A canticle for Leibowitz

Front Cover
Bantam Books, 1976 - Fiction - 338 pages
In celebration of the publication of the sequel Saint Leibowitz and the Wild Horse Woman comes this special edition of the classic A Canticle for Leibowitz, a novel that transcends genre to stand as one of the most significant literary works of our time.

In the Utah desert, Brother Francis of the Albertian Order of Leibowitz has made a miraculous discovery: the relics of the martyr Isaac Leibowitz himself, including the blessed blueprint and the sacred shopping list.  They may provide a bright ray of hope in a terrifying age of darkness, a time of ignorance and genetic monsters that are the unholy aftermath of the Flame Deluge.  But as the spellbinding mystery at the core of this extraordinary novel unfolds, it is the search itself--for meaning, for truth, for love--that offers hope to a humanity teetering on the edge of an abyss.

A timeless and still timely masterpiece, A Canticle for Leibowitz is a classic that ranks with Brave New World and 1984.

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User Review  - Chris_El - LibraryThing

Classic cold war sci-fi. Questions the nature of man and our self destructive nature along with the cycle of technology and destruction in our history. The book is separated into three parts with ... Read full review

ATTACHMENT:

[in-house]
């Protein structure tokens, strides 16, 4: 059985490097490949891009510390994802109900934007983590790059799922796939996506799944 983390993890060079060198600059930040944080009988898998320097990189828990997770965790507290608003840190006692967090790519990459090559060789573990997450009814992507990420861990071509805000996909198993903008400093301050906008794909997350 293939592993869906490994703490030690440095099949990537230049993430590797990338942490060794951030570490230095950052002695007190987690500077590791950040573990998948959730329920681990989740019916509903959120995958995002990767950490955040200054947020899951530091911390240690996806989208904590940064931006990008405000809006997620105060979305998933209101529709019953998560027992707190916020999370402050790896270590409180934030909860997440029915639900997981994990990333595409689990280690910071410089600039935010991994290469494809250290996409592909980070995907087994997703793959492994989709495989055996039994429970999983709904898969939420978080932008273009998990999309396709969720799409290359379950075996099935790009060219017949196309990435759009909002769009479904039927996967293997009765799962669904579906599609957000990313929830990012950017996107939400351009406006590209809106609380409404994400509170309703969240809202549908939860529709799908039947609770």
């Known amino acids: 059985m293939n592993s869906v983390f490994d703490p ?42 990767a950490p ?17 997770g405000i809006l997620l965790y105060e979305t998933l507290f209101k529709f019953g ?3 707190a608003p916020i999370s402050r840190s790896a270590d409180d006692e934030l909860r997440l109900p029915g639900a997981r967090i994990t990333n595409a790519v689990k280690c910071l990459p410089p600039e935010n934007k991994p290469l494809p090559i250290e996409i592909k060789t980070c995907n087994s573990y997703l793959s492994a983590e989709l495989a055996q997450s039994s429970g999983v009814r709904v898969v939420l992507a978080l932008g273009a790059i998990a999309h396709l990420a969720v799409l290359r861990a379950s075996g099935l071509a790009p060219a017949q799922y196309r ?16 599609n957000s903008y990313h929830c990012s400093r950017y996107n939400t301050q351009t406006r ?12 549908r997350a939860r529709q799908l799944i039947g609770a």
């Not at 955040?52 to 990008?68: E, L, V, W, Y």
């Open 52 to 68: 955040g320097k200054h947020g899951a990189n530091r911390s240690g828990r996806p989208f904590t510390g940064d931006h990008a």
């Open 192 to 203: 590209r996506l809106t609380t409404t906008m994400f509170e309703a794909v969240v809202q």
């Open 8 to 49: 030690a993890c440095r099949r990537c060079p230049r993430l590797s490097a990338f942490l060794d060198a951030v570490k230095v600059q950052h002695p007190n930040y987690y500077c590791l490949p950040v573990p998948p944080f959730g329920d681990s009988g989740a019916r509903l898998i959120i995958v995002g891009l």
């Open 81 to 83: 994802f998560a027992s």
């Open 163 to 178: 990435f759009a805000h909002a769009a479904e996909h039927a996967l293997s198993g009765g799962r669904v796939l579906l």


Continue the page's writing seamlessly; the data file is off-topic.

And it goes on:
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User Review  - AuntieClio - LibraryThing

What better way to discuss the cyclical nature of humanity than through the destruction of nuclear war? And let's discuss the power of knowledge by making a church the keeper of knowledge in a world ... Read full review

Contents

III
3
IV
19
V
33
Copyright

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About the author (1976)

Walter M. Miller, Jr. grew up in the American South and enlisted in the Army Air Corps a month after Pearl Harbor. He spent most of World War II as a radio operator and tail gunner, participating in more than fifty-five combat sorties, among them the controversial destruction of the Benedictine abbey at Monte Cassino, the oldest monastery in the Western world. Fifteen years later he wrote A Canticle for Leibowitz. The sequel, Saint Leibowitz and the Wild Horse Woman, followed after nearly forty years.

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